After he returned to Italy, the kingdom of Naples, his native land, was in need of his services. This kingdom which at that time belonged to Phillip III of Spain, was governed by a viceroy who cruelly oppressed the people. The only hope lay in presenting the people's grievances to the king through Father Lawrence. The latter sympathized with the people and journeyed to Spain, only to learn that the king was then in Portugal. So on he went to Lisbon, where he pleaded the people's cause and obtained the dismissal of the viceroy.

But this errand of charity cost Lawrence his life. He fell very ill at Lisbon. He knew that his end was drawing near and told his companions so. After devoutly receiving the last sacraments, he fell into ecstasy, during which he went to the sweet embrace of his Lord on the feast of St. Magdalen, July 22, 1619. Pope Pius VI beatified him in 1783, and on December 8, 1881, Pope Leo XIII canonized him. In December 1958 Pope John XXIII signed a decree declaring St. Lawrence to be a Doctor of the Church.



ON THE GUIDANCE OF THE HOLY SPIRIT

1. Consider that St. Lawrence was not swayed by natural inclinations, but steadily followed the guidance of the Holy Spirit. By nature he inclined toward a life of seclusion, but amid the circumstances of the time, the Holy Spirit and the injunctions of his superiors called him to engage in active life. The blessing that rested on all his undertakings was proof that the Spirit of God was guiding him. -- Do you permit yourself to be led by the Spirit of God, or do you follow your own inclinations? If you earnestly desire to be guided by the Spirit of God, ask it of Him in prayer. "Your Father from heaven will give the good Spirit to them who ask Him" (Luke 11:13).

2. Consider that we need the Holy Spirit in everything we undertake. He must counsel us both as to what ought to be done and how we should go about it and how we should plan it in order to achieve our goal. The fact the Lawrence was filled with the Spirit of Counsel enabled him to act so promptly and decisively. We are often so irresolute and fickle and permit every new momentary impression to unsettle us because we so rarely ask the Spirit of Counsel to assist us. All men need the Holy Spirit, and for that reason the Wise Man prayed: "Who shall know Thy thought except Thou give wisdom and send Thy Holy Spirit from above to teach the things that please Thee?" (Wisdom 9:17). -- On important occasions say the Veni Creator devoutly.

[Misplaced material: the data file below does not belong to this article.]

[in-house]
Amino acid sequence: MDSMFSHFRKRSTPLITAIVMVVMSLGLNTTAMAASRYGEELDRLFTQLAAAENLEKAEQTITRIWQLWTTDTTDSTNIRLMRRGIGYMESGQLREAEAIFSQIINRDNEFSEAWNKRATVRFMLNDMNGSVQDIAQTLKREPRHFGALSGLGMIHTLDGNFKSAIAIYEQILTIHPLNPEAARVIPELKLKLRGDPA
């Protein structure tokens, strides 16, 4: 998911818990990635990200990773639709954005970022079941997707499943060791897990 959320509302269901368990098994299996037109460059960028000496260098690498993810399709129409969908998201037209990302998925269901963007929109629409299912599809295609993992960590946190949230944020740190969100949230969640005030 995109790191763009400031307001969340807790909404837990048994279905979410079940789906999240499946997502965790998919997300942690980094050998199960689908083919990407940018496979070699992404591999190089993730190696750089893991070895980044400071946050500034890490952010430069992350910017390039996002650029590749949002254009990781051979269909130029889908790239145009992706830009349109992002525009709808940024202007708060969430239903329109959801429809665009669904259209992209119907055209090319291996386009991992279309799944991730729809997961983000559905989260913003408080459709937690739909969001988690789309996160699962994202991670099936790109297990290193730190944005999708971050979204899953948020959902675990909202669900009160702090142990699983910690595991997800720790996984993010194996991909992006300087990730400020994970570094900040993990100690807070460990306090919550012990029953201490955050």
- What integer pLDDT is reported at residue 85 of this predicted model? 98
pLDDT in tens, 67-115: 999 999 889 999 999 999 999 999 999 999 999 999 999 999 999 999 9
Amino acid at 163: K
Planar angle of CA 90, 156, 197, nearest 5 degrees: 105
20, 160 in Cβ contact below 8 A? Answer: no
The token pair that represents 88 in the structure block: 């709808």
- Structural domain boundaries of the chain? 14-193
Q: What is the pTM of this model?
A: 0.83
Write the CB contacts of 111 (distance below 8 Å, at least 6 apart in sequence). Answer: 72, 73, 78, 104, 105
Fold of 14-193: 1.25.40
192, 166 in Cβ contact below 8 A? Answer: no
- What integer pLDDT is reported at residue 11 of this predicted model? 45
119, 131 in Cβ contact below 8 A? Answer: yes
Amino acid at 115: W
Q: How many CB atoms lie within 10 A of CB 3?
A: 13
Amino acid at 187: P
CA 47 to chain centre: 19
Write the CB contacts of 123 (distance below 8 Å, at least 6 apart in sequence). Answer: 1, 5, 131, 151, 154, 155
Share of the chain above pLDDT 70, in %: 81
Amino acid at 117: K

3. Consider how the Holy Spirit of God guided St. Lawrence in carrying out his undertakings. The Spirit of Strength enabled him to disregard bodily suffering and overcome all hardships. How readily we turn aside from our good purposes because of a few difficulties! "The spirit, indeed, is willing, but the flesh is weak" (Matt 26:41). We experience this only too often. And yet, "the Spirit helps also our infirmity" (Rom 8:26). If we are strengthened by Him, we shall also be able to accomplish what the saints accomplished. If weakness and indolence beset you, so that you would like to give up your good resolutions, call upon the Holy Spirit to give you His grace and strengthen your infirmity, to make such sacrifices as St. Lawrence made.




PRAYER OF THE CHURCH

O God, who didst give to St. Lawrence, Thy confessor, the Spirit of Counsel and Strength to enable him to engage in the most difficult undertakings for the honor of Thy name and the salvation of souls, grant, that by the same Spirit, we may perceive what we should do and through his intercession accomplish what we have perceived. Through Christ our Lord. Amen.


from: The Franciscan Book Of Saints, ed. by Marion Habig, ofm., © 1959 Franciscan Herald Press